Manuela Yawa is a nurse and one of 15 medical staff working with Christian Mission of Development (CMD) in the village of Pagil.
Four days after arriving in Pagil Manuela started feeling drowsy and having severe headaches. Eight days later her condition is critical.
Deputy Operations Manager, Leon Prinsloo, received the call Saturday at 2pm – too late to fly that day. ‘One of our nurses needs a medevac! She has cerebral malaria.’
The following day and Clinical officer Gatmai Yak Tutdeal, and Mary, a Medair Reproductive Health Manager, have escorted Manuela to the airstrip where they stand waiting for the plane.
Before Manuela can board, pilot Florian Poinstingl, offloads 700 kg of iron sheets and 180 kg of wire mesh, brought from Juba to upgrade the grass-thatched tukul roofs of CMD’s Primary Health Care Centre (PHCC).
Meanwhile Manuela sits patiently in the shade of the wing. The temperature is 40° Celsius, so to be sitting outside with a fever isn’t something you want to do for long.
‘Thursday Manuela showed signs of malaria, and we started treating her orally with the antimalarial Coaterm,’ Gatmai tells us. ‘But on Saturday she started having seizures and a high temperature; she was convulsing and yelling nonsense from 9am until 2pm.’
Running out of options
That was when Gatmai diagnosed cerebral malaria. Realising that he didn’t have the means to treat Manuela properly, he requested a medevac with MAF. No other airline in South Sudan would fly to Pagil on a weekend.
‘We continued treating her the best we could,’ Gatmai resumes, describing in detail the course of medication they administered. ‘We even tried to cool her down with wet towels and gave her paracetamols to keep her temperature down,’ Gatmai explains.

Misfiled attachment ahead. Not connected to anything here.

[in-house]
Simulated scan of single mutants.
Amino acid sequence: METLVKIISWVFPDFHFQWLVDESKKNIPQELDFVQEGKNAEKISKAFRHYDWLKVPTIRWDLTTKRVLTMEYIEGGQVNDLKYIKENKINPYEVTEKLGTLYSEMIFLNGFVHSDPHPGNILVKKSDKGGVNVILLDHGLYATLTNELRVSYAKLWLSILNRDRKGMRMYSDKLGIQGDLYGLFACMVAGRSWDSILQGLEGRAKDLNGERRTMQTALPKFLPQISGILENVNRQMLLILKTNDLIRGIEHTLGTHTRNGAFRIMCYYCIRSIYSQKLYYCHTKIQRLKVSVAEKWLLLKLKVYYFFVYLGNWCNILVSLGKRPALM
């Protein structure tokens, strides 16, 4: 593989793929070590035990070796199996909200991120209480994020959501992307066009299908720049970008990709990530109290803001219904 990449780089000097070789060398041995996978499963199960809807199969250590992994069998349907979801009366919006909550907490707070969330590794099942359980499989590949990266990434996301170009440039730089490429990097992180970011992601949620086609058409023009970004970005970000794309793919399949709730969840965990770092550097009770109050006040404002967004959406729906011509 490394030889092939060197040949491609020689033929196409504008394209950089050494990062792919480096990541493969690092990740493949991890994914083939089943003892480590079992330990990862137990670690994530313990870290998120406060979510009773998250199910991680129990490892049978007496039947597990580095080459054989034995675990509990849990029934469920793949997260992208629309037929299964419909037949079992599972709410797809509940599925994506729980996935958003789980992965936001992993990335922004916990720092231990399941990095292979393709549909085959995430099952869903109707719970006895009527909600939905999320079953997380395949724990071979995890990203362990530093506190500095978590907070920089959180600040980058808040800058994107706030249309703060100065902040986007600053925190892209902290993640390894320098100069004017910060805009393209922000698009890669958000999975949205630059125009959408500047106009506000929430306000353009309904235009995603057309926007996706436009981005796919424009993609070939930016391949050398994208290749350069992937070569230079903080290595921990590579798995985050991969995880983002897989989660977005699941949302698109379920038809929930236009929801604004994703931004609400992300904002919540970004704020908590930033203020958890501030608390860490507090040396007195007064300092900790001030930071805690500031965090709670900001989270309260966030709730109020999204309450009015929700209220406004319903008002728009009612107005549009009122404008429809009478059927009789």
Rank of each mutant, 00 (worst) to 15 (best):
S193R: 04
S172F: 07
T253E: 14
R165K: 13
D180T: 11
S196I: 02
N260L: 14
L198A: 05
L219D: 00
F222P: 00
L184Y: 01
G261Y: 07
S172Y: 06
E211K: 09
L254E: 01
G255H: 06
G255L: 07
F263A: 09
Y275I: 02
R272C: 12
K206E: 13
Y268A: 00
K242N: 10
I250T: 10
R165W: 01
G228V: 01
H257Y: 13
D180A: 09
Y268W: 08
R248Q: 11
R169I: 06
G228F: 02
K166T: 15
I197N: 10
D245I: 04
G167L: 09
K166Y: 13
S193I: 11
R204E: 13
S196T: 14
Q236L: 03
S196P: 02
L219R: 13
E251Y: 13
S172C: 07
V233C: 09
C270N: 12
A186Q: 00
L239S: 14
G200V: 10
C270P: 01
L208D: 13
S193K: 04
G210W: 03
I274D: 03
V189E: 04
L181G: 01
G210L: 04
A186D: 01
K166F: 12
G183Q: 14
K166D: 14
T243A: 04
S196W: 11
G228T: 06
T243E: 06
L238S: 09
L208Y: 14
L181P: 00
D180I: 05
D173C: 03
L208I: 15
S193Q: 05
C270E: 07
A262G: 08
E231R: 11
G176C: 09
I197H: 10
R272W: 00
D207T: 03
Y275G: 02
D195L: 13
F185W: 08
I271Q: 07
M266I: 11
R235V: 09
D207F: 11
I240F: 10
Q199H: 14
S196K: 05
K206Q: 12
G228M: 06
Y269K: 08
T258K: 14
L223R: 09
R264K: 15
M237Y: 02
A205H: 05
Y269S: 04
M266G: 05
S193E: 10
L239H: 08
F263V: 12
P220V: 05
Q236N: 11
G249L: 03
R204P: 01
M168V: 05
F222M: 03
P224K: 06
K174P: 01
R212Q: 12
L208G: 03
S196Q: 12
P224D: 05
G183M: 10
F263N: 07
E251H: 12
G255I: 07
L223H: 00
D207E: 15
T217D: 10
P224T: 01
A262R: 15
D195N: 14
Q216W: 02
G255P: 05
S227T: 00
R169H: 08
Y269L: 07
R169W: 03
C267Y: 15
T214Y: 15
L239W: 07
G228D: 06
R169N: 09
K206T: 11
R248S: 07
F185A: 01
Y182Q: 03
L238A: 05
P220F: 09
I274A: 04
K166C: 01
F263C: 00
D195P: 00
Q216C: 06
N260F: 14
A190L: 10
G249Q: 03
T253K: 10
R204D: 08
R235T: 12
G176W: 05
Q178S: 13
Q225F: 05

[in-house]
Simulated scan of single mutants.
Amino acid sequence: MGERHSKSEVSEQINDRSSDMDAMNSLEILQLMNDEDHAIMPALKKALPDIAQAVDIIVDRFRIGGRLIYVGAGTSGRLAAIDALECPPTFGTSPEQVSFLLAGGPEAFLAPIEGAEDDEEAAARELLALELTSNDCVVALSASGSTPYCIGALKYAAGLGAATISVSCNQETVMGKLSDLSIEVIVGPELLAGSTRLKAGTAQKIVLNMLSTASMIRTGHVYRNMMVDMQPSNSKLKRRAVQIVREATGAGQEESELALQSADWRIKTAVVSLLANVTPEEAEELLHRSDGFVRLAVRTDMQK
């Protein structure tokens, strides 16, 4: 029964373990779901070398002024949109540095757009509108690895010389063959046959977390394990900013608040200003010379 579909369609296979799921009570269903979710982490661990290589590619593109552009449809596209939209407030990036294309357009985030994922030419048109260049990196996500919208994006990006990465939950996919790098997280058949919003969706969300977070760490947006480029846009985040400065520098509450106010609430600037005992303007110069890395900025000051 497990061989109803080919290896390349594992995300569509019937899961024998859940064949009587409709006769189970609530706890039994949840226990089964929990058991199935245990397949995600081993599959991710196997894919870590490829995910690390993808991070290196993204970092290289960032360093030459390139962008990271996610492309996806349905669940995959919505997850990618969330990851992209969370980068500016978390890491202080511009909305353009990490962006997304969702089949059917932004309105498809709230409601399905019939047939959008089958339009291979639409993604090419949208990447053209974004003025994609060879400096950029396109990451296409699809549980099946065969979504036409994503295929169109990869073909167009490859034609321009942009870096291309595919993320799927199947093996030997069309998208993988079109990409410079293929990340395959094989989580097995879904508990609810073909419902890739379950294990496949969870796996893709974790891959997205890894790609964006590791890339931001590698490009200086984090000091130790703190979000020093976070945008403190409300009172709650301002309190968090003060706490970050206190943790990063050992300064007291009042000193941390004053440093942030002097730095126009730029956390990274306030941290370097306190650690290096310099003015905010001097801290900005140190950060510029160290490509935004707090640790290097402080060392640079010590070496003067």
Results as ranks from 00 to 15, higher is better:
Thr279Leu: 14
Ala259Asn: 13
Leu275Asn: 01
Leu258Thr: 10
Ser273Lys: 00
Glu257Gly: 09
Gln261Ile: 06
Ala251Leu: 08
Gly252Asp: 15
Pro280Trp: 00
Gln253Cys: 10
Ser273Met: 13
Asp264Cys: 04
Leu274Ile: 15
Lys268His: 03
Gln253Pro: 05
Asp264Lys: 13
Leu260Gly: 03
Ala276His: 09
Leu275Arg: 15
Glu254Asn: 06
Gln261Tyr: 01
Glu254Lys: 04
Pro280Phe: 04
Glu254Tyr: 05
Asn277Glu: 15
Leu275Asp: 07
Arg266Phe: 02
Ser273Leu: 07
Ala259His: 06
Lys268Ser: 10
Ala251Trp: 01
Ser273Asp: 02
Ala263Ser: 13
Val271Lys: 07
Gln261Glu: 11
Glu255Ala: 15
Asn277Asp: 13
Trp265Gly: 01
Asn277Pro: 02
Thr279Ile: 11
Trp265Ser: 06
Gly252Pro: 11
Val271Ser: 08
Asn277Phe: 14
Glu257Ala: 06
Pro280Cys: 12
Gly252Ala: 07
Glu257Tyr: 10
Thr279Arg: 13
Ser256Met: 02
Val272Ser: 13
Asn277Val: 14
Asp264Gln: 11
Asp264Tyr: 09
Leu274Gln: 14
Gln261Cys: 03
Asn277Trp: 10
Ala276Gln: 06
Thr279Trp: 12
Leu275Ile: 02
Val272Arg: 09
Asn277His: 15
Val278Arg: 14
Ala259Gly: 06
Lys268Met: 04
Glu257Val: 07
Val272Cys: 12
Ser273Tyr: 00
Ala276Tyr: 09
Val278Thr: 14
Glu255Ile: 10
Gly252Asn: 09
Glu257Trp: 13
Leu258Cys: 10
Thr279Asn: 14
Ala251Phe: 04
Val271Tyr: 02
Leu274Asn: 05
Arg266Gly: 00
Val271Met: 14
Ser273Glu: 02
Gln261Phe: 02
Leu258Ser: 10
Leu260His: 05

‘We continued treating her the best we could’ Gatmai Yak Tutdeal
Mary, who had been keeping an eye on Manuela the past two days at the Medair compound, recalls that Manuela had started yelling again Sunday morning at 4 and 6 o’clock, but that she now had become silent; literally she could not speak and only communicated by writing messages.
Finally, Manuela boards the plane; with support from Mary and Gatmai she manages to walk to her seat and slumps into it. James Wieh Thou, a registrar at the PHCC, sits next to Manuela to assist her during the flight.
1:37pm, an hour and 11 minutes after landing in Pagil, the Caravan takes off. Florian lets the plane climb to 9,000 feet; normally, he would go to 12,000 feet to save fuel and fly faster, but he is concerned with how the altitude will affect Manuela’s condition. Going lower this time of year, with the turbulence of the dry season, would result in a very bumpy ride.
At 2:15pm she starts to cry violently, and James holds her firmly. All of a sudden she relaxes completely and either falls fast asleep or becomes unconscious until the aeroplane at 3:19pm lands at Juba International Airport.
MAF’s dispatch team are ready; David Juma quickly lifts the semi-conscious Manuela from the plane to a car, and she is immediately taken to Victorious Hospital. There is nothing more we can do, but hope and pray.
An answer to prayer
Richard Duke, one of the dispatch guys, knows Manuela, and confidently said that she would get better, because her church had been praying for her at their Sunday service.
Monday morning, Duku and Juma went with me to the hospital to pay Manuela a visit. She was lying in bed, dressed and with a tired smile. She couldn’t speak, but answered all of our questions in writing.
Her little sister, Harriet, had slept on the bed next to her and was happy to see her sister recovering so well. Suddenly, Manuela answered audibly to one of my questions and Harriet lit up in a big smile.
Although Manuela had no recollection of how she had come from Pagil to Juba, it made everybody happy to see that she was clear-headed and smiling at our jokes.
An hour after we left the hospital Manuela started speaking again. Duku called her the next day, and she sang to him on the phone, praising God for her recovery.